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Operator [32]

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(Operator Instructions) We will take our next question from Brian Martin.

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Brian Joseph Martin, FIG Partners, LLC, Research Division - VP and Research Analyst [33]

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Just wanted to find out on the -- going back to the margins for just 1 minute. I think, Keene, you said that there were maybe 2/3 of the loans that were going to reprice here in the short term, and then you have the March benefit that would kick in as well. I mean, can you just talk a little bit about how you guys are thinking about second quarter for the margin and as it relates to both those items and the impact it has?

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Keene S. Turner, Enterprise Financial Services Corp - CFO, EVP, CFO of Enterprise Bank & Trust and EVP of Enterprise Bank & Trust [34]

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Yes. So I would say this. I think the first quarter margin performance was even beyond our expectations. I think we had a lot of positives on the asset side and the funding side, particularly in the deposits didn't move. We don't necessarily expect that same dynamic. So I think we're thinking margin sequentially is up, but it's probably more like 5 basis points than the magnitude of what we saw in the first quarter here, and you're probably going to start to see a little bit more creep on the funding side. We think that for a number of reasons, maybe not necessarily the absolute deposit trend, but we typically get a little bit seasonally tighter in terms of loan to deposit as we go through the middle of the summer. And so just the reliance on wholesale funding would cause a little bit of a challenge for us. And then we typically build liquidity back in later in the year to round out the asset growth we get throughout the year, and that's been our cycle for like the last 3 years. And so with the wholesale cost now being pretty significantly above where the deposit costs are, we wouldn't have quite as much sequential expansion next quarter. But there's still more to come on the loans side and that bodes well for both Q2, 3, 4, however long we can keep managing the funding side.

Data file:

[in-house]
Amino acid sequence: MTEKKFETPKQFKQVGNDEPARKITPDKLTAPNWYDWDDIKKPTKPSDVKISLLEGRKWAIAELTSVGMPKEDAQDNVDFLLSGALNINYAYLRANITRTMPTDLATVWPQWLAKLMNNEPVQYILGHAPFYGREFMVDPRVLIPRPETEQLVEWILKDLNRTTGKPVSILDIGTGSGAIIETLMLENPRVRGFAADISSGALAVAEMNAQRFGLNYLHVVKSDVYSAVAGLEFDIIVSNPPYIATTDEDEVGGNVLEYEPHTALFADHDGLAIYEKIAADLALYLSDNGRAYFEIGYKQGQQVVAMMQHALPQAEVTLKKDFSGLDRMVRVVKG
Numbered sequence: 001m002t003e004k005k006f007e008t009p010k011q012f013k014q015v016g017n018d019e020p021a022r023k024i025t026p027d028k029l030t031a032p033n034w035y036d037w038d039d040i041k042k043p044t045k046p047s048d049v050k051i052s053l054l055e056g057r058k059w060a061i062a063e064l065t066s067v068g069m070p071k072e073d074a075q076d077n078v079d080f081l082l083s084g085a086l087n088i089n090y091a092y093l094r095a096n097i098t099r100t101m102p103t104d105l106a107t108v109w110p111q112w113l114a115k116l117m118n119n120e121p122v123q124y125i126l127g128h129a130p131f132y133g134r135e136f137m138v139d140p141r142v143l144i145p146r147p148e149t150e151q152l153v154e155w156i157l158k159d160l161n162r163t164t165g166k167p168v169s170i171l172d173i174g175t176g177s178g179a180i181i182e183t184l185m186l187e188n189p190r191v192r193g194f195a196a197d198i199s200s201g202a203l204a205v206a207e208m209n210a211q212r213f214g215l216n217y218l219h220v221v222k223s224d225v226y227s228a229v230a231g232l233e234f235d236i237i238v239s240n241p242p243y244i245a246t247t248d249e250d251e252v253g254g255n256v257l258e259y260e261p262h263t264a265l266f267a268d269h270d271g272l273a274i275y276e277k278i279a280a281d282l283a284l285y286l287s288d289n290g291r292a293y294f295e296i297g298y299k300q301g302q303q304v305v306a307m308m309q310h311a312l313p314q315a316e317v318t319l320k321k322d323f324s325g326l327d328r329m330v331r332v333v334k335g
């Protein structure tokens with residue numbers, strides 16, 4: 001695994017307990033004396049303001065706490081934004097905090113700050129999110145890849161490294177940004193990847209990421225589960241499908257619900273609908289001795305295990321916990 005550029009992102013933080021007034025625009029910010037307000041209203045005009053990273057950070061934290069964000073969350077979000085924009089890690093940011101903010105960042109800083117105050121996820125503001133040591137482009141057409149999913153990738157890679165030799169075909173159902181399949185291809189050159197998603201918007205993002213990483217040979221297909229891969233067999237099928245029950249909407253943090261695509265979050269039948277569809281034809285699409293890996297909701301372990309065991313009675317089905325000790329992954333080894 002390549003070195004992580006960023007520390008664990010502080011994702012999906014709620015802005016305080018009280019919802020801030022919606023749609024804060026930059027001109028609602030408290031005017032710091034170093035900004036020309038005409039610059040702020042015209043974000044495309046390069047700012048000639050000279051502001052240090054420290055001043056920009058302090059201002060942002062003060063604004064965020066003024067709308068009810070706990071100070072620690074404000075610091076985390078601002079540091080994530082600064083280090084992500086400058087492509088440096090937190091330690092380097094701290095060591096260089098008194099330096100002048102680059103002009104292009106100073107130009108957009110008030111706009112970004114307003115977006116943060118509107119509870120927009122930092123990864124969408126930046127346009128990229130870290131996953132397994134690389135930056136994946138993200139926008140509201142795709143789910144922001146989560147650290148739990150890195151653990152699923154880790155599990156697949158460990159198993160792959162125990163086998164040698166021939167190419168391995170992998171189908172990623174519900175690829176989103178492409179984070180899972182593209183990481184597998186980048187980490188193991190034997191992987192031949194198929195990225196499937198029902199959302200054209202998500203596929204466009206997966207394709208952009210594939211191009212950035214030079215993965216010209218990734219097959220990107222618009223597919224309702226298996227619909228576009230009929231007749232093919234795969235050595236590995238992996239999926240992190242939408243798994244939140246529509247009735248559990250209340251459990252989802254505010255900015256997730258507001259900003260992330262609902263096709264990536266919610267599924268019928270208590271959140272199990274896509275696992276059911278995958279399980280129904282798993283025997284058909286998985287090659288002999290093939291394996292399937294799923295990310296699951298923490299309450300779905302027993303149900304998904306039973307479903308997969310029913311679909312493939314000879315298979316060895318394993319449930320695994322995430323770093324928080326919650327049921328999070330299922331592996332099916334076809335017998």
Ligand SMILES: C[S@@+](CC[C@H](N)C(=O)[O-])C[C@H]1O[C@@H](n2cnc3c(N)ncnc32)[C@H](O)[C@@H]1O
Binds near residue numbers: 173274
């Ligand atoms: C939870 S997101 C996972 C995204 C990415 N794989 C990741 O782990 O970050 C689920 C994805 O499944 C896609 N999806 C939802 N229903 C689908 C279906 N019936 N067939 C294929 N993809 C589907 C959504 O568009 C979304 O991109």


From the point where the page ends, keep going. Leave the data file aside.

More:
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Brian Joseph Martin, FIG Partners, LLC, Research Division - VP and Research Analyst [35]